"I believe kids, in their mind, pretty much know what they're going to do regardless of the information," said Edsall.

If true, that's unfortunate, because a player who turns pro too early risks costing himself millions of dollars and potentially jeopardizing his NFL career. Unlike the NBA, NFL contracts are not guaranteed (with the exception of signing bonuses), and the length and salary drops drastically both within the first round and once you get into later rounds.

With the exception of a small handful of elite prospects, most players' ultimate draft position can change dramatically from the time of their initial evaluation. That can depend on the results of their combine and/or private workouts, the strength and depth of prospects at their position and the respective needs of NFL teams.

Former Penn State cornerback Justin King, who left school last year after his junior season, told the Tribune-Review he received a first-round grade from the draft advisory board but was also told he could go as late as the fourth round. He did in fact slip to the fourth round, receiving a three-year, $1.5 million contract from the St. Louis Rams, a little over half of it guaranteed. By contrast, South Florida cornerback Mike Jenkins, who went late in the first round (No. 25) to Dallas, signed a five-year, $9.7 million deal, $6.75 million of it guaranteed.

"Every time you improve five spots, eight spots, 10 spots, a round, you make three or four times your money," said Oklahoma coach Bob Stoops. "You want to be able to take care of your family -- that second- and third-round money, you're going to be able to take care of yourself, and that's it."

If McCoy does in fact go late in the first round, as projected, he could receive a contract similar to former Illinois star Rashard Mendenhall, a junior whom the Steelers selected with the 23rd pick last season and gave a five-year, $12.5 million deal, including $7.1 million guaranteed. However, McCoy will be competing with the likes of Brown, Iowa's Shonn Greene, Ohio State's Beanie Wells, Georgia's Knowshon Moreno and others. If he does slip to the second round, his rookie contract might compare more closely to former Rutgers star Ray Rice's, a junior who went 55th last year to the Baltimore Ravens and signed a four-year, $2.8 million deal.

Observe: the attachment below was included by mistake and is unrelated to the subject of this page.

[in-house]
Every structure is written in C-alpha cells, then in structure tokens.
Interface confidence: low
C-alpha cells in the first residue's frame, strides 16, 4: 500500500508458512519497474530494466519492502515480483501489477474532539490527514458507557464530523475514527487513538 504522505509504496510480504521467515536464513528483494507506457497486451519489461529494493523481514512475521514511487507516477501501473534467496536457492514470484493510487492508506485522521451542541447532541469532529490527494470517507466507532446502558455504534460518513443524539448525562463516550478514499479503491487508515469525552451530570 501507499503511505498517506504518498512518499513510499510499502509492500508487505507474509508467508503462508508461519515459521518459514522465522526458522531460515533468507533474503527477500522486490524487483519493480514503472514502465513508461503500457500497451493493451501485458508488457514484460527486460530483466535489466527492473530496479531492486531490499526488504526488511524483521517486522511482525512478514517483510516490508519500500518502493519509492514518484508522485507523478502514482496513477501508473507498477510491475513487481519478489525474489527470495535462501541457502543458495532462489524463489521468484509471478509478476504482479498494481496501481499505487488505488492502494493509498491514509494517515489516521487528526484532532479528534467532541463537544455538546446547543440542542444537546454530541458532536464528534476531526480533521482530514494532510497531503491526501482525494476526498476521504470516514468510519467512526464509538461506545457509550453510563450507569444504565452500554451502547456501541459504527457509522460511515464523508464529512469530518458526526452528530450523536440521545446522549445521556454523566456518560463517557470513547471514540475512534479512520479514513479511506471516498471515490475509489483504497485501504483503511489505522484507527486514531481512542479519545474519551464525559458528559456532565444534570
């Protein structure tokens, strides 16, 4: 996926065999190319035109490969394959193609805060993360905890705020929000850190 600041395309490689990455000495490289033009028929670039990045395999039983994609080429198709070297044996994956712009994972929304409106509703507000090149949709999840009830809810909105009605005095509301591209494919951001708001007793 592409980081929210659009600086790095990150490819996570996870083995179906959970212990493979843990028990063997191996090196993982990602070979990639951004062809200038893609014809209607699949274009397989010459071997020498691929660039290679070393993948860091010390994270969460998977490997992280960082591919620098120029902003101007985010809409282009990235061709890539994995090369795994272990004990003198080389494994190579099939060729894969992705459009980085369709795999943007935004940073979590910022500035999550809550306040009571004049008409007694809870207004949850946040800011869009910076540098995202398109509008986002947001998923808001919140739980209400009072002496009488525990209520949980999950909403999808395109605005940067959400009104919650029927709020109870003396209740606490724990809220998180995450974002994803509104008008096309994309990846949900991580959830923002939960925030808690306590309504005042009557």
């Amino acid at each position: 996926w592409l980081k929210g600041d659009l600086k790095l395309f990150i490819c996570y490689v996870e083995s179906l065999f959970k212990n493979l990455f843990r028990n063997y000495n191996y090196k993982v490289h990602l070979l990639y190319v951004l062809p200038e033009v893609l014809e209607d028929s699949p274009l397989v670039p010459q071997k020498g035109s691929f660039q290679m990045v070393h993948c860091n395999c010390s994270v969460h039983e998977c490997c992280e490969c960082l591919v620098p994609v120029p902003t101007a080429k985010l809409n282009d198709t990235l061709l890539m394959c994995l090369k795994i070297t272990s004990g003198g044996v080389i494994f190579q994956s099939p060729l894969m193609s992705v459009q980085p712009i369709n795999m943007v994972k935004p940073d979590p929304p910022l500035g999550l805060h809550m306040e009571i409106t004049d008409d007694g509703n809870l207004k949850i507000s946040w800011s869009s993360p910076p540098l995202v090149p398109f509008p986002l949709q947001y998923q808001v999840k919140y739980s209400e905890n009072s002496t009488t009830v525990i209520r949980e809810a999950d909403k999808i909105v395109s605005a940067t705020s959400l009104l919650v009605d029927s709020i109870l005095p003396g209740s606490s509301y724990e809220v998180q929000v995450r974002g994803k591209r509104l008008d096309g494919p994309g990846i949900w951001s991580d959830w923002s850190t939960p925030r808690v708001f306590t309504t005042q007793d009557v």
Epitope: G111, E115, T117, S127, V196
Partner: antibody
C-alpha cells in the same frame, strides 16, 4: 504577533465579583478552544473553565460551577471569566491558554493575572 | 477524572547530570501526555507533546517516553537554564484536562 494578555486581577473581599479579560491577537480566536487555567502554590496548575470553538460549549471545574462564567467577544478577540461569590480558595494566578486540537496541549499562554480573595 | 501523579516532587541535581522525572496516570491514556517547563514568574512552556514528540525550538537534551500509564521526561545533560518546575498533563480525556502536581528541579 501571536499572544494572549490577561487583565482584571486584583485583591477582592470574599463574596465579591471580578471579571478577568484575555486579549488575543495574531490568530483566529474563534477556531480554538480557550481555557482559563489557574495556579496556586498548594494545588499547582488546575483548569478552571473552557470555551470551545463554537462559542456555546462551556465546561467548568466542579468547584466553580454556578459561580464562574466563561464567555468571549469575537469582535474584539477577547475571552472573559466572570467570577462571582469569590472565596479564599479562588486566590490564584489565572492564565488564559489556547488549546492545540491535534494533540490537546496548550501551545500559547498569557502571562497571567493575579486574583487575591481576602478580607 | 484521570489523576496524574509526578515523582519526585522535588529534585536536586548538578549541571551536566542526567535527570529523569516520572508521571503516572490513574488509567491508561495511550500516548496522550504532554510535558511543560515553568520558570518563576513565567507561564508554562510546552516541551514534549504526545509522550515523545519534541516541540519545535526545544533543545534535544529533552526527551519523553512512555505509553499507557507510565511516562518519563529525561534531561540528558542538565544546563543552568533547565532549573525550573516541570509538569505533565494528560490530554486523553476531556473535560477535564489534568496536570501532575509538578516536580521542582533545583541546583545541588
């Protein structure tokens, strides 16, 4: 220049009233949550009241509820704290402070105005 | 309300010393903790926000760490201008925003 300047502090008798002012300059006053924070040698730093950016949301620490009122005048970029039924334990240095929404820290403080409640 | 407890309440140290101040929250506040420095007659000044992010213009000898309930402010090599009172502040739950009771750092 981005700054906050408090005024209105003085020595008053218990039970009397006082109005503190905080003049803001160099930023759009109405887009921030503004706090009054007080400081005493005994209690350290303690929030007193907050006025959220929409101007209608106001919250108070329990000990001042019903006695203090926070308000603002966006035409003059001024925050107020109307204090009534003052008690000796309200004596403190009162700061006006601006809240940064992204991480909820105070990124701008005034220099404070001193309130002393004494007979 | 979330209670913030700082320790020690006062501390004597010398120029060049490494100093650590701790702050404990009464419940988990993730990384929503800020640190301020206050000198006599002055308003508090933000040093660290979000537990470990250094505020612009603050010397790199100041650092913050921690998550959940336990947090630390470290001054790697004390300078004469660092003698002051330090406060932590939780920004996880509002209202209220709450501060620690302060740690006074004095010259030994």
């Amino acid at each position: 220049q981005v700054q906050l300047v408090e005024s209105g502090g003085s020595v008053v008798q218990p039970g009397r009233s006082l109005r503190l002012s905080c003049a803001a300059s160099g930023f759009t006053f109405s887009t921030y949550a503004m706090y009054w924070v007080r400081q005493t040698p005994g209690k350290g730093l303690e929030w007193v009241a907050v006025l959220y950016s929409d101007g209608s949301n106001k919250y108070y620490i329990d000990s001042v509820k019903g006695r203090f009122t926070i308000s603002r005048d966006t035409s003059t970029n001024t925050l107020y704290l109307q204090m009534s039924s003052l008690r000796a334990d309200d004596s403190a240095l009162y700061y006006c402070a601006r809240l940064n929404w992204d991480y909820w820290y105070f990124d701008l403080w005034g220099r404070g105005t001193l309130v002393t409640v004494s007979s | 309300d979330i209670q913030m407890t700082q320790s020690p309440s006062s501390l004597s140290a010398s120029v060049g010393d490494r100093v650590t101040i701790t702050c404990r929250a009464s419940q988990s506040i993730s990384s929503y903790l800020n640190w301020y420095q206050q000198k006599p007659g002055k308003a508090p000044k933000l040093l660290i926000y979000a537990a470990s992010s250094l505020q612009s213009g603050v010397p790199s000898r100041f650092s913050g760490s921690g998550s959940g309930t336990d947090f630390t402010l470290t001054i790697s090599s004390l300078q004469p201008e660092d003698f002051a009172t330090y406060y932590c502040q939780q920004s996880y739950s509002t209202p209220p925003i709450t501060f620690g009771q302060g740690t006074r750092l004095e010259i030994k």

Only two other running backs were selected between Mendenhall and Rice -- but that was enough to cost Rice nearly $10 million. It's easy to see why McCoy was so conflicted.

"Whoever's closest to the kid has the best opportunity to influence him," said Wannstedt. "Oftentimes their family members are getting information that's not valid. Agents are hanging around hotels where the teams are staying. It's pretty impressive to the kid, to the family when [agents] talk about some of the people they represent, how much money they have. Once a kid starts thinking [of turning pro], once the family starts thinking that way, it becomes very difficult to tell them, 'These are the facts. You're not necessarily going to make that much money.'"

Perhaps if they had more time to digest the facts -- or more important, had a chance to find out first-hand where they stood following the combine -- players could make more informed decisions. As it is, lives are forever changed on no more than a couple of weeks of consideration ... if that.